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Sunday, April 7, 2013

The "genius" fallacy.

     Most people love to look at the life of somebody like Mozart and say, 'Oh, Mozart was a genius. He was born with genius. Heck, he was composing music at five-years-old.'
      Do you know what those people are really saying? 'Well, you either are born with genius or you're not, so I obviously am not, so there's  no real reason to work hard at developing whatever talents I may have.' In other words, it's an excuse and a rationalization not to try.
      If you examine Mozart's life, you will find that he worked tirelessly at improving his ability to write music. And yes, he composed  music at five, but that music was rudimentary compared to what he would compose later on. And many people in the arts or sports start very young. (Tiger Woods was hitting golf balls at two.)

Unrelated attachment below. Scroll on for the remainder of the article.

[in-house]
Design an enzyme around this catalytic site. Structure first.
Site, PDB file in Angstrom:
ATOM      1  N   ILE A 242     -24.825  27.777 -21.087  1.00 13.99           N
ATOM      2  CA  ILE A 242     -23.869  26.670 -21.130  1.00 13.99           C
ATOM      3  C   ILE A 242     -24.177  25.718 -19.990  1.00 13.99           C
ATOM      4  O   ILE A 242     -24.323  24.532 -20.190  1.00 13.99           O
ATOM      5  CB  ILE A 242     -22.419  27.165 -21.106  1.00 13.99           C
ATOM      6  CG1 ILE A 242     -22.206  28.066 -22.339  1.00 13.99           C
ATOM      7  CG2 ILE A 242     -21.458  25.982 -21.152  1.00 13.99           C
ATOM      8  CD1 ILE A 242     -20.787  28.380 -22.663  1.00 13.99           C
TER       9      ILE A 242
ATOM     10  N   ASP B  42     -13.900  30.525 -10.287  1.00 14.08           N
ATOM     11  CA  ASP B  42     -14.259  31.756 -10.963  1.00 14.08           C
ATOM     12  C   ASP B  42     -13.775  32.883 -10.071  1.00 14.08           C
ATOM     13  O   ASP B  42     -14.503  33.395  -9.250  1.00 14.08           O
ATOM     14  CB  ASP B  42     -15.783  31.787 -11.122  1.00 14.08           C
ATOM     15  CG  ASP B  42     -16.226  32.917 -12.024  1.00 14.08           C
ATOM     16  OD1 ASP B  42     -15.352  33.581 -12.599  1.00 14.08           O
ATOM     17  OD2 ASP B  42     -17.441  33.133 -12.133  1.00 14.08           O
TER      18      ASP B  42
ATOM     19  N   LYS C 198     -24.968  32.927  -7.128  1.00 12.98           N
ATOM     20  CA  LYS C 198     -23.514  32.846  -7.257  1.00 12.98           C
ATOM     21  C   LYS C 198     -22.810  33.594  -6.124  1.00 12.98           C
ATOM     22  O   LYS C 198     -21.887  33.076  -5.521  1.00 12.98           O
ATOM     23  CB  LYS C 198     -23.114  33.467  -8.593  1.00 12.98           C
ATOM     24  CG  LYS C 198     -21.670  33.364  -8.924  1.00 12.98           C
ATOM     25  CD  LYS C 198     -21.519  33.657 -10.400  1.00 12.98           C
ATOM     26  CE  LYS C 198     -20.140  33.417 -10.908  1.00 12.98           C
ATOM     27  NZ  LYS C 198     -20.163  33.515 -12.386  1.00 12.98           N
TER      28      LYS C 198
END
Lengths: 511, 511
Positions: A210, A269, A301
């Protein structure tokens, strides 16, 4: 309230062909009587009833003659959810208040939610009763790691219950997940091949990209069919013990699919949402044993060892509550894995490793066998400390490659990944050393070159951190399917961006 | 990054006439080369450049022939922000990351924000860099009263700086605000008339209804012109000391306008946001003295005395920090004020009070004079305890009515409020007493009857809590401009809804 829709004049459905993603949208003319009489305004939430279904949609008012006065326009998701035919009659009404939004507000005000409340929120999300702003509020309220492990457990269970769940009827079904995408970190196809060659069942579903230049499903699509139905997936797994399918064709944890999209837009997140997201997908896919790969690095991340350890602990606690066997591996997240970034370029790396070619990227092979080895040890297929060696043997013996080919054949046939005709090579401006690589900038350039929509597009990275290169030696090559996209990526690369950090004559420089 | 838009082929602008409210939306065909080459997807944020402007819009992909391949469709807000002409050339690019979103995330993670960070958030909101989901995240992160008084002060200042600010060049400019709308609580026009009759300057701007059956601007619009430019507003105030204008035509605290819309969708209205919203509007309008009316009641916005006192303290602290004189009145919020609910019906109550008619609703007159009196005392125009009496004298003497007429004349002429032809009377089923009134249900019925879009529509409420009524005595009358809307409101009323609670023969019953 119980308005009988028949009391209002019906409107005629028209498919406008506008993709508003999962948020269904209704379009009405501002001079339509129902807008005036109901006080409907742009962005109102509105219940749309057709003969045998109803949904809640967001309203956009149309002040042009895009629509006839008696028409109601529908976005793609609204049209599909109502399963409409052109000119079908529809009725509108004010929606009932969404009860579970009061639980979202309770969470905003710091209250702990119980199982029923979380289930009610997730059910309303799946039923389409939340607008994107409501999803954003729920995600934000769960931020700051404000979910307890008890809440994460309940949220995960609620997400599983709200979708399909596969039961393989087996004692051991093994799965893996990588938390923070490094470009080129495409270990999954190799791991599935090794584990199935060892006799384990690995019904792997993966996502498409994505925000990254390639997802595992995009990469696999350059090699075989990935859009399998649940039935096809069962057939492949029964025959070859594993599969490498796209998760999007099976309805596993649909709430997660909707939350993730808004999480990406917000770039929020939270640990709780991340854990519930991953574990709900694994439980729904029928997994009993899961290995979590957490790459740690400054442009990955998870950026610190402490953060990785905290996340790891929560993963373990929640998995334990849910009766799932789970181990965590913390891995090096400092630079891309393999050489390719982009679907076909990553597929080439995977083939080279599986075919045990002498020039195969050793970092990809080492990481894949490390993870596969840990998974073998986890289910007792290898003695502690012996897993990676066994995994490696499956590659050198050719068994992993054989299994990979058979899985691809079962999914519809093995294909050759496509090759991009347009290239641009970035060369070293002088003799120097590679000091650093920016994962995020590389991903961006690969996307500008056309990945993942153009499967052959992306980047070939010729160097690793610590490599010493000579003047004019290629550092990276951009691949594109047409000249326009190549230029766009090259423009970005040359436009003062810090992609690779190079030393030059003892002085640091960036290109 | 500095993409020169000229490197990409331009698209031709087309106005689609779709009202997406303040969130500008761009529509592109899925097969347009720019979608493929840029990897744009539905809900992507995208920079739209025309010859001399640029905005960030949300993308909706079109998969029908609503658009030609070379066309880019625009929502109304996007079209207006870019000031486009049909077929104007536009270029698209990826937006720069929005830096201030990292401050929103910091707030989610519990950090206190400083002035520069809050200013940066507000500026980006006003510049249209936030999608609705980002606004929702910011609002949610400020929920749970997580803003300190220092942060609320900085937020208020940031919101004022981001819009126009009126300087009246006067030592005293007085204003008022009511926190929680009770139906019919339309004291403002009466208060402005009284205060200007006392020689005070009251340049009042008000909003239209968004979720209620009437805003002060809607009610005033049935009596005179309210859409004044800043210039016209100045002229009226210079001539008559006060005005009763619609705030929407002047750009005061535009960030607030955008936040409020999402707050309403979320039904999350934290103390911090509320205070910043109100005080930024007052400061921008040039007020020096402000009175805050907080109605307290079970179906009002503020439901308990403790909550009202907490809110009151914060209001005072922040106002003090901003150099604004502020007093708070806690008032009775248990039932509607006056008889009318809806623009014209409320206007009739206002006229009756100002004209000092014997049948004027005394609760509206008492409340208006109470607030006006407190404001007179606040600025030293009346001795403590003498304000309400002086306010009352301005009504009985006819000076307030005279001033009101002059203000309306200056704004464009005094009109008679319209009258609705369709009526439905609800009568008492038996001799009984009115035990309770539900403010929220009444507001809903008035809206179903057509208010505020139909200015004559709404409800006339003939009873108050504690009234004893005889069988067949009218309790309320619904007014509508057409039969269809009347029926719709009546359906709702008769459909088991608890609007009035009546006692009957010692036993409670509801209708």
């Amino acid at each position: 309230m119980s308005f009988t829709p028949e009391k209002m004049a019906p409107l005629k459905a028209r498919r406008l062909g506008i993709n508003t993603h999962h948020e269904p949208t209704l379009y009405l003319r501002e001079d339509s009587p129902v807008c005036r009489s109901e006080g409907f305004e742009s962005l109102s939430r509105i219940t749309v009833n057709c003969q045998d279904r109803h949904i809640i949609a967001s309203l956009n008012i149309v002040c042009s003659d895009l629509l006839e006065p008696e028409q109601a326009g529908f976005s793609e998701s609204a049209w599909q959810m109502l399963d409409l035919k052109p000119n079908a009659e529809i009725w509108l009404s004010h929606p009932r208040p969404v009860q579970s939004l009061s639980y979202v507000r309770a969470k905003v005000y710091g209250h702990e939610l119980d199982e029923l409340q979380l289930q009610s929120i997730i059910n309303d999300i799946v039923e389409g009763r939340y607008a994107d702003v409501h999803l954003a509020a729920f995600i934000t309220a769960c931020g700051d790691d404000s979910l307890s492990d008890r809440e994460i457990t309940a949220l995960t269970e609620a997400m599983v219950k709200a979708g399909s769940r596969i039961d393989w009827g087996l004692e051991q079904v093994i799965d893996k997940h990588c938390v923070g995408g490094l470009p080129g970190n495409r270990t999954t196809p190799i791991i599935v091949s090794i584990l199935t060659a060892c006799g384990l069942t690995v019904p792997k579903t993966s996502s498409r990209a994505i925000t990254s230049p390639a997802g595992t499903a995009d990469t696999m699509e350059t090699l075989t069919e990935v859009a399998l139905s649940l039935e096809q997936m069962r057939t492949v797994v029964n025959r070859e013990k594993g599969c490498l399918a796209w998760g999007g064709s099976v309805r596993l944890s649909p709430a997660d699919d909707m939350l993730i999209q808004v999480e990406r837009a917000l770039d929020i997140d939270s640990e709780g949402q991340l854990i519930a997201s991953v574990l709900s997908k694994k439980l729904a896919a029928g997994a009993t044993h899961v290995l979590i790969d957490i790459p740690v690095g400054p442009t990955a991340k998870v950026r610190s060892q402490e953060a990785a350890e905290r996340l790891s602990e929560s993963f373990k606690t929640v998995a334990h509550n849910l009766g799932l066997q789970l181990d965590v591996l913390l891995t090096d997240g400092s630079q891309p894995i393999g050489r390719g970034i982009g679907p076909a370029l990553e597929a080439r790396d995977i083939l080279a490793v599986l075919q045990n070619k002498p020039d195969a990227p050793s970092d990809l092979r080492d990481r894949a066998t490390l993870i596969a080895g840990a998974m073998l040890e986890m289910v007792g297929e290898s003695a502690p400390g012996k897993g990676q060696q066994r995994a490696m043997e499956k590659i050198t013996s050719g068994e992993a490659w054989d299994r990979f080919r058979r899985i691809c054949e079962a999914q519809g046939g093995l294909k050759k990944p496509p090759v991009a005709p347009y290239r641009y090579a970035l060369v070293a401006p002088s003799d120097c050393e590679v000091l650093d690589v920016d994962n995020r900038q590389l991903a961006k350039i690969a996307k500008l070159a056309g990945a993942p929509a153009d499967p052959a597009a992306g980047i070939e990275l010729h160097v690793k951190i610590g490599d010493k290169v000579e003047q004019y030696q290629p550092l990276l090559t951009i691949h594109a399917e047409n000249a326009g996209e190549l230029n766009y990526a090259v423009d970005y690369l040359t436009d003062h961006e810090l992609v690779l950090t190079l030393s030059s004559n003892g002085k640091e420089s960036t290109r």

Everyone is born with innate "genius." Pablo Picasso said:

All children are artists. The problem is how to remain an artist once he grows up.

     And how to remain an artist as one grows up is hard work. Michelangelo wrote:

If people knew how hard I worked to get my mastery, it wouldn't seem so wonderful at all.

Tell people, 'You too can paint like Michelangelo if you work your butt off!' That I assure you, most people do not want to hear.

     Edison famously wrote:

Genius is one percent inspiration, ninety-nine percent perspiration.

     One more. This  from Teilhard de Chardin:

All progress is inevitably accompanied by strife and shock... Evolution never happens without work and suffering. It is not enough to let oneself be borne passively along by it; man must collaborate in the event.

     So next time you're tempted to sit back on your butt and say, 'Wow, I could never do something like that. That person must be a genius' remember that you're a genius too—and get to work.

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